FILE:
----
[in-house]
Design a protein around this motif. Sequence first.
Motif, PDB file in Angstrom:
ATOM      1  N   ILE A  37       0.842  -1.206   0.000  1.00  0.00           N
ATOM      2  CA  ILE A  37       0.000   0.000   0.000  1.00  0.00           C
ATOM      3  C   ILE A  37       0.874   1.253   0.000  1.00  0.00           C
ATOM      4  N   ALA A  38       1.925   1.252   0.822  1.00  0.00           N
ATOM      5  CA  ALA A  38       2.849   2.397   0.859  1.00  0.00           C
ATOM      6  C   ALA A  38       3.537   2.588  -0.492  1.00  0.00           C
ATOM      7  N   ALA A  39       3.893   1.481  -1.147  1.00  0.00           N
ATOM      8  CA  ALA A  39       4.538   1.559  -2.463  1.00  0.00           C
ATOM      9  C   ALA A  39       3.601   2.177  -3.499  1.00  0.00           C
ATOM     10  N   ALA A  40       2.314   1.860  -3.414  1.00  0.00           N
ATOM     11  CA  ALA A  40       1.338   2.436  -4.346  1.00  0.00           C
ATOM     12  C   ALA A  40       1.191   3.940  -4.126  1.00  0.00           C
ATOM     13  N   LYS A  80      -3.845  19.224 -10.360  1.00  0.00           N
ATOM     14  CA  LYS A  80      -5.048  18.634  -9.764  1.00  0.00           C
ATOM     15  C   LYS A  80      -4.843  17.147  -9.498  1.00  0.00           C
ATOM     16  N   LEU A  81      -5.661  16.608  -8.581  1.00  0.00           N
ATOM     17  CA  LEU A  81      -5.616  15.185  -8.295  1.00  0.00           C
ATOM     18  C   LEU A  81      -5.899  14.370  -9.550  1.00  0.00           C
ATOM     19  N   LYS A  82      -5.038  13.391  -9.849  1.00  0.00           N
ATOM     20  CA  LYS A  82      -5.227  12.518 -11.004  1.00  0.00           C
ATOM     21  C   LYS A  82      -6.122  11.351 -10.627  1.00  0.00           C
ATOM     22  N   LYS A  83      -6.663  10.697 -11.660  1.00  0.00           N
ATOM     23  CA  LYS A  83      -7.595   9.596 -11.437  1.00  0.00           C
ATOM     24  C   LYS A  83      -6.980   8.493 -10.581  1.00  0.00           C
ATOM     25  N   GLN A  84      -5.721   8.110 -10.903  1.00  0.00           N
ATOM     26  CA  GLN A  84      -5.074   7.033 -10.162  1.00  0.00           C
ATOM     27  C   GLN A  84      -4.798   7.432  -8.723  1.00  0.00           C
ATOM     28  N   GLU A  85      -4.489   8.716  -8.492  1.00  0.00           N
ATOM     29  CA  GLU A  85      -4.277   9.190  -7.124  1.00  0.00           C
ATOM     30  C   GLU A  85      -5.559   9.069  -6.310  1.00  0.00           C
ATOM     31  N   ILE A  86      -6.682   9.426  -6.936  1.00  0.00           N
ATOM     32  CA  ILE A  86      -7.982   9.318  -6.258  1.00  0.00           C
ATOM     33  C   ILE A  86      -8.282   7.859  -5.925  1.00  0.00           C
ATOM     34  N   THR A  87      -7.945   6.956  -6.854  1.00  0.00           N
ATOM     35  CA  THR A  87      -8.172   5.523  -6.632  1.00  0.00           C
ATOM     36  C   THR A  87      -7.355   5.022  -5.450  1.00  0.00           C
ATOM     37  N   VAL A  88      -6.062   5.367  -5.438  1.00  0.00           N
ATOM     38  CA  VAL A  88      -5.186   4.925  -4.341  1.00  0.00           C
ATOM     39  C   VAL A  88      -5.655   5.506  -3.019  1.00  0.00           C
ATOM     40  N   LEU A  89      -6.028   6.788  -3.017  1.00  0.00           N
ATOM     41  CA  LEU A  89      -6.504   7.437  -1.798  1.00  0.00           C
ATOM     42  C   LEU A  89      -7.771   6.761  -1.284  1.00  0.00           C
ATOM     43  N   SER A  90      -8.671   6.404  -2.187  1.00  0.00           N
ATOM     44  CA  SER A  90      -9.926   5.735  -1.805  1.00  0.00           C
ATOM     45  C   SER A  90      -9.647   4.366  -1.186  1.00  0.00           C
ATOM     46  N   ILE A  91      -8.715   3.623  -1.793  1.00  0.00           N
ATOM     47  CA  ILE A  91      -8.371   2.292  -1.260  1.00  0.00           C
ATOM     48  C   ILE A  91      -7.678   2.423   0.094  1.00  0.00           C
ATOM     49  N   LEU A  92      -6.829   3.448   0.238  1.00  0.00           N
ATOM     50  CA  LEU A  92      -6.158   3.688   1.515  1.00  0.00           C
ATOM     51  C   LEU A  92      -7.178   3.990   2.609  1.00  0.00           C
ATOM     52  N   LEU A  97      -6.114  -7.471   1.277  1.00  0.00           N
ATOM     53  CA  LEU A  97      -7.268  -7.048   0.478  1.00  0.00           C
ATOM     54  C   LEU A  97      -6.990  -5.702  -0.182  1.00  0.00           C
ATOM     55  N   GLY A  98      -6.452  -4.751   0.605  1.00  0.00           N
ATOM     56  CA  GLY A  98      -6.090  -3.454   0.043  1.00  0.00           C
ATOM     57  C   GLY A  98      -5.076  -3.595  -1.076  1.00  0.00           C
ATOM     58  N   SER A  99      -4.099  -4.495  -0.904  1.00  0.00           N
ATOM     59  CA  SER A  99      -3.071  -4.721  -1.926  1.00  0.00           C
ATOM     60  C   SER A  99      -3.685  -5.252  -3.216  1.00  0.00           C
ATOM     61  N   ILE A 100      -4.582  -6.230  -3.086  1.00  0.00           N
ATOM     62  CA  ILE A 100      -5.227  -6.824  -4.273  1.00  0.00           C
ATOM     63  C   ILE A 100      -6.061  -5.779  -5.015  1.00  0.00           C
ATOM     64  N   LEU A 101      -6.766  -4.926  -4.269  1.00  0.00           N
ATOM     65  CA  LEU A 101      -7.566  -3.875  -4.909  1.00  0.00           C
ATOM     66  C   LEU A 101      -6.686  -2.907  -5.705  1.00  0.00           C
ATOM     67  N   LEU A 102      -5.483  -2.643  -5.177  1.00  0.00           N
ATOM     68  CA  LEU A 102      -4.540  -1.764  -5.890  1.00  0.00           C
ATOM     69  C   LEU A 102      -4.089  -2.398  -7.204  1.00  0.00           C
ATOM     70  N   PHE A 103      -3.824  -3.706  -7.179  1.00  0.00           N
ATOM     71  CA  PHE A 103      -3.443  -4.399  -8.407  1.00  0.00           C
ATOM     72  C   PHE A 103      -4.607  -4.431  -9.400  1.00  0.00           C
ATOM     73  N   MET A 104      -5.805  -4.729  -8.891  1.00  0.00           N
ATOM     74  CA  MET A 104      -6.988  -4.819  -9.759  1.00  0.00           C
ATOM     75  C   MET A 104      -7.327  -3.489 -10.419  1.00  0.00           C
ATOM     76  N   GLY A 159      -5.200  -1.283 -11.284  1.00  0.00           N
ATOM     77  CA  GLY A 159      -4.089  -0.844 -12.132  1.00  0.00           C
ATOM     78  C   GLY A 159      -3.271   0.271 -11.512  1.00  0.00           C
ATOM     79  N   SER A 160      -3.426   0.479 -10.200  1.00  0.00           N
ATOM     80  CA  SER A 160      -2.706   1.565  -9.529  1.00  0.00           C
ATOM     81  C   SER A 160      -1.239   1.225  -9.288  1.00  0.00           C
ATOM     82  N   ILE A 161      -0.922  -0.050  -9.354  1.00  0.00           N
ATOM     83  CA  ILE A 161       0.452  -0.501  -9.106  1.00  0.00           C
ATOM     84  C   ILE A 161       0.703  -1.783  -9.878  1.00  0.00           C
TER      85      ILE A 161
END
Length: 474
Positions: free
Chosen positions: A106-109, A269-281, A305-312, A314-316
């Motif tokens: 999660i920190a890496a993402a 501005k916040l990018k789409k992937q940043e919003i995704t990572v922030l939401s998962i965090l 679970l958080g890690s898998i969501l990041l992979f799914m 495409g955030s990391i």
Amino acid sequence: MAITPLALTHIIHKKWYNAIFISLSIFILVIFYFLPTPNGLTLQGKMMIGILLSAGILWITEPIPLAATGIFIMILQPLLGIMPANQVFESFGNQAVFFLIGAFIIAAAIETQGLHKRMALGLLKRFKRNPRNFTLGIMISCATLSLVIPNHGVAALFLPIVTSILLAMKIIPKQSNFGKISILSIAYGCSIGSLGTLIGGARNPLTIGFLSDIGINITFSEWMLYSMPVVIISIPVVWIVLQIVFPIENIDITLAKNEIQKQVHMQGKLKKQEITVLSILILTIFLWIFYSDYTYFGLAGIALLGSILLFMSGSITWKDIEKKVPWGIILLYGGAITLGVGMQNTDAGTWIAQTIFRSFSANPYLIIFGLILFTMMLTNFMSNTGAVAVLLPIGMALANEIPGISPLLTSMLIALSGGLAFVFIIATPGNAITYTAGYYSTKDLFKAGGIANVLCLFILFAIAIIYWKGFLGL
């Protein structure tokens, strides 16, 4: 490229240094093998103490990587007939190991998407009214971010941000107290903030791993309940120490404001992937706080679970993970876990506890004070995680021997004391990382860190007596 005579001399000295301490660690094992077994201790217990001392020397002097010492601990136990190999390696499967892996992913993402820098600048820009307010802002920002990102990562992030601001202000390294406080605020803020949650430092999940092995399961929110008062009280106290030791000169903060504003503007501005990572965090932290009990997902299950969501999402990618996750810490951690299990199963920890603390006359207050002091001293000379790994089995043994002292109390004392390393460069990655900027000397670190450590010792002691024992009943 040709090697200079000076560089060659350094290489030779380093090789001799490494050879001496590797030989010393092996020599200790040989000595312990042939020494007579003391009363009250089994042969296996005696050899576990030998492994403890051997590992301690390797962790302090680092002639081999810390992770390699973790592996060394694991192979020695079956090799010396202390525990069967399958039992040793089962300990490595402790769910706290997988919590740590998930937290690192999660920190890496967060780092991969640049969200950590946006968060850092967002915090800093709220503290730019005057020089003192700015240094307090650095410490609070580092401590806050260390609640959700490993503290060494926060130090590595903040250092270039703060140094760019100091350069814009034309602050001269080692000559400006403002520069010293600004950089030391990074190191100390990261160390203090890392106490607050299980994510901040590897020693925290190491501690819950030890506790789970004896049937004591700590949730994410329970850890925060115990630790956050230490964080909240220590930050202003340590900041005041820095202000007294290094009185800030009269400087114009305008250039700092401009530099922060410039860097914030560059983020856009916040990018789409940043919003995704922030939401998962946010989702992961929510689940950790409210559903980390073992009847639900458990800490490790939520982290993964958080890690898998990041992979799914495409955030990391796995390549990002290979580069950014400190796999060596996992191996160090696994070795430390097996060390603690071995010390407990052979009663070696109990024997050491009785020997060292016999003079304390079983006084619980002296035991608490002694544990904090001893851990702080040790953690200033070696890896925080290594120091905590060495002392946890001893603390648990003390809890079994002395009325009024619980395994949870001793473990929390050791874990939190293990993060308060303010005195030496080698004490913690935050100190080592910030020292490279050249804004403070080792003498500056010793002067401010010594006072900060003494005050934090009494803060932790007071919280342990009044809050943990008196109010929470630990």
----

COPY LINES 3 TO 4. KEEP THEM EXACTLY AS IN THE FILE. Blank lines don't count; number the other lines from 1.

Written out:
Motif, PDB file in Angstrom:
ATOM      1  N   ILE A  37       0.842  -1.206   0.000  1.00  0.00           N